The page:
In the last few weeks I’ve begun to really read the Lord of the Rings properly for the very first time. I’ve had them all read to me more than once, and I’ve seen the movies plenty, and I’ve always felt a little guilty that I didn’t appreciate them as I knew I ought. But now, for the first time since Annie and Karen and I formed our own “Council of Galadriel” in fourth grade, I’m really coming to them as an adult. Let me tell you a secret: THERE IS SO MUCH THERE.
I don’t mean just mean all the intricacies of Tolkien’s fathoms-deep lore, which I sometimes find fascinating and sometimes find annoying. I mean wisdom. It is startling how willing the characters are to pronounce something good or evil. Barrow wights? To be feared. Orcs? Terrifically icky. Uruk-hai? Even more foul. The Balrog? The worst of the worst. Saruman? An infamous traitor. Sauron? Black and awful. But the Shire is all that is good. Gandalf is wise and infinitely trustworthy. Samwise is forever loyal.
We so rarely speak in definites. We are frightened to call things what they are. We do not like to talk about good and evil because it makes things hard. It means that if we intend to be good, there is a very real evil which we needs must pit ourselves against. And we might suffer and die and fail. Tolkien’s characters are not oblivious to this, yet we could learn much from them.
Aragorn hides from his opportunity for goodness and his ultimate destiny, even going so far as to look fairly objectionable at first meeting. Yet, “All that is gold does not glitter, all who wander are not lost; the old that is strong does not wither, deep roots are not reached by the frost.” The point is, Aragorn is absolutely, unequivocally gold. And so too, is the rest of the fellowship. Boromir wavers and falls. The ring, which exponentially increases the dreadful power of sinful desire and service to evil, affects his mortal nature, but we must not forget his departure. He dies valiantly protecting Merry and Pippin, and with his last breath, he tells Aragorn that he has failed. Aragorn denies it saying, “No! You have conquered. Few have gained such a victory.” Boromir dies the death of a good man.
Perhaps the most striking are the Hobbits, because it is quite clear at the beginning that they do not really understand evil, because they have not known it. They know the goodness of food and friendship and the abundant blessings of the shire. They have hardly heard of Mordor. Again and again, one wise character after another points out that had they known the perils ahead they could not have mustered courage to come.
But even Frodo does not really know the darkness fully. At the Council of Elrond, when everyone has (finally) stopped talking, they sit in quiet desperation, wondering what is to be done. At length, out of the silence, the hobbit speaks. “’I will take the ring’ he said. ’Though I do not know the way.’”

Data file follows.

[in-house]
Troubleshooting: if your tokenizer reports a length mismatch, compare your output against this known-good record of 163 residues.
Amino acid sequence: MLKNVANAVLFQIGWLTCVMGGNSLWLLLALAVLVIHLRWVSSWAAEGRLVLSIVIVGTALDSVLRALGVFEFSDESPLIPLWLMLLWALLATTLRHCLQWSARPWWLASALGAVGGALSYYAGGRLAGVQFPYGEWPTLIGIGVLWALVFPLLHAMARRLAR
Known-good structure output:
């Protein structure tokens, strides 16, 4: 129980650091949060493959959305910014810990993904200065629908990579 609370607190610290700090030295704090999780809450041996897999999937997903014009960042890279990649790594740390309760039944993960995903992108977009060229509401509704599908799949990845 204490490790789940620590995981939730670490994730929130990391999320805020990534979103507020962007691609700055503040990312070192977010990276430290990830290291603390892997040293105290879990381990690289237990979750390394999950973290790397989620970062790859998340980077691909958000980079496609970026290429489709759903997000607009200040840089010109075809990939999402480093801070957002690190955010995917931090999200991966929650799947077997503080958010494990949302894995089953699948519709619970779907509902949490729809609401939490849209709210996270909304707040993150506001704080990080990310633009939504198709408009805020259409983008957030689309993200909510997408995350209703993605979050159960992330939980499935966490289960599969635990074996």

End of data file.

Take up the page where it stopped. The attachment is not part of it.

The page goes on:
It reminded me suddenly of a passage from book three of Milton’s Paradise Lost. The scene is heaven, and God the father is asking a question:
Which of ye will be mortal, to redeem
Man’s mortal crime, and just, the unjust to save?
Dwells in all Heaven charity so dear?
He asked, but all the Heavenly Quire stood mute,
And silence was in Heaven: on Man’s behalf
Patron or intercessor none appeared—
Much less that durst upon his own head draw
The deadly forfeiture, and ransom set.
And now without redemption all mankind
Must have been lost, adjudged to Death and Hell
By doom severe, had not the Son of God,
In whom the fulness dwells of love divine,
His dearest mediation thus renewed:—
Christ stepped into the silence and offered to take sin to the cross, as Frodo offers to take the ring to Mount Doom. Apparently, Tolkien knew his Milton, but I’ll tell you something else which Tolkien probably also knew: Christ was no Frodo. He knew the way ahead. He had no ignorance with which to swaddle courage. He knew every step of suffering, all the blood, sweat, and tears, He knew that if He did this thing, he would have to endure separation from His Father. For He was God on High, not a homey, hairy-footed hobbit.
And yet, with that terrible knowledge He makes Himself in the form of a man, all so that “From the ashes a fire shall be woken, a light from the shadows shall spring; renewed shall be blade that was broken, the crownless again shall be king.”
Lovely. That is the second time this summer I have been blessed and challenged by a passage from Milton. Obviously, I must read. This piece is stellar.